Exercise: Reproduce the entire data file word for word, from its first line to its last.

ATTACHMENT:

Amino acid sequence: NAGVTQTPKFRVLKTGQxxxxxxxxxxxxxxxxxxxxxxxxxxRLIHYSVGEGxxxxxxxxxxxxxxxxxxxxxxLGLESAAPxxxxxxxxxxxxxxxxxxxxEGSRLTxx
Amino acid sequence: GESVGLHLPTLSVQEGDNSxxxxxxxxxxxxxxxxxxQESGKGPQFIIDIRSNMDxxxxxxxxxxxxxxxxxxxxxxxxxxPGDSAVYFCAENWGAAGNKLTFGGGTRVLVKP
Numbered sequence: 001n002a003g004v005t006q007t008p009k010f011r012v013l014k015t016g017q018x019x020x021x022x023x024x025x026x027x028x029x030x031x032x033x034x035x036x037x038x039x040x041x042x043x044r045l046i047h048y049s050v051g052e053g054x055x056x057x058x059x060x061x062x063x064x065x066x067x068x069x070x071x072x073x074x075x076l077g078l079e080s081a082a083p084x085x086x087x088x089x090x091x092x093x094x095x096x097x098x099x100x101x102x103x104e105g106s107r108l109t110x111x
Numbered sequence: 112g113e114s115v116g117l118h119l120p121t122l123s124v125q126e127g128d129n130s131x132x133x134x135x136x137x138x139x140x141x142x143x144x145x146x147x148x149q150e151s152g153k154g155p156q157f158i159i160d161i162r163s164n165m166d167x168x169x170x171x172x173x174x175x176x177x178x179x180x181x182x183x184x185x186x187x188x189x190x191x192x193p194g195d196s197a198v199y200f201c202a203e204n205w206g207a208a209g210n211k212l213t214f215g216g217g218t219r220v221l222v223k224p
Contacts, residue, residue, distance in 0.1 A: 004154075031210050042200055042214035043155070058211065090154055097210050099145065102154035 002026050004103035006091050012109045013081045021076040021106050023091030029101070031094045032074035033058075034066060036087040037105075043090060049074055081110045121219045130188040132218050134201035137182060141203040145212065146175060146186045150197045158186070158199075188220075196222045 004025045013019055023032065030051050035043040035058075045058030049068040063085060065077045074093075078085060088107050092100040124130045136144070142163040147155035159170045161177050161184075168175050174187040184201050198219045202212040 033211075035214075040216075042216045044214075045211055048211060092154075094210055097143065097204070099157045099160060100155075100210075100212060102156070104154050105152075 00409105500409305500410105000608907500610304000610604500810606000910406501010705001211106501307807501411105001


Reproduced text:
Amino acid sequence: NAGVTQTPKFRVLKTGQxxxxxxxxxxxxxxxxxxxxxxxxxxRLIHYSVGEGxxxxxxxxxxxxxxxxxxxxxxLGLESAAPxxxxxxxxxxxxxxxxxxxxEGSRLTxx
Amino acid sequence: GESVGLHLPTLSVQEGDNSxxxxxxxxxxxxxxxxxxQESGKGPQFIIDIRSNMDxxxxxxxxxxxxxxxxxxxxxxxxxxPGDSAVYFCAENWGAAGNKLTFGGGTRVLVKP
Numbered sequence: 001n002a003g004v005t006q007t008p009k010f011r012v013l014k015t016g017q018x019x020x021x022x023x024x025x026x027x028x029x030x031x032x033x034x035x036x037x038x039x040x041x042x043x044r045l046i047h048y049s050v051g052e053g054x055x056x057x058x059x060x061x062x063x064x065x066x067x068x069x070x071x072x073x074x075x076l077g078l079e080s081a082a083p084x085x086x087x088x089x090x091x092x093x094x095x096x097x098x099x100x101x102x103x104e105g106s107r108l109t110x111x
Numbered sequence: 112g113e114s115v116g117l118h119l120p121t122l123s124v125q126e127g128d129n130s131x132x133x134x135x136x137x138x139x140x141x142x143x144x145x146x147x148x149q150e151s152g153k154g155p156q157f158i159i160d161i162r163s164n165m166d167x168x169x170x171x172x173x174x175x176x177x178x179x180x181x182x183x184x185x186x187x188x189x190x191x192x193p194g195d196s197a198v199y200f201c202a203e204n205w206g207a208a209g210n211k212l213t214f215g216g217g218t219r220v221l222v223k224p
Contacts, residue, residue, distance in 0.1 A: 004154075031210050042200055042214035043155070058211065090154055097210050099145065102154035 002026050004103035006091050012109045013081045021076040021106050023091030029101070031094045032074035033058075034066060036087040037105075043090060049074055081110045121219045130188040132218050134201035137182060141203040145212065146175060146186045150197045158186070158199075188220075196222045 004025045013019055023032065030051050035043040035058075045058030049068040063085060065077045074093075078085060088107050092100040124130045136144070142163040147155035159170045161177050161184075168175050174187040184201050198219045202212040 033211075035214075040216075042216045044214075045211055048211060092154075094210055097143065097204070099157045099160060100155075100210075100212060102156070104154050105152075 00409105500409305500410105000608907500610304000610604500810606000910406501010705001211106501307807501411105001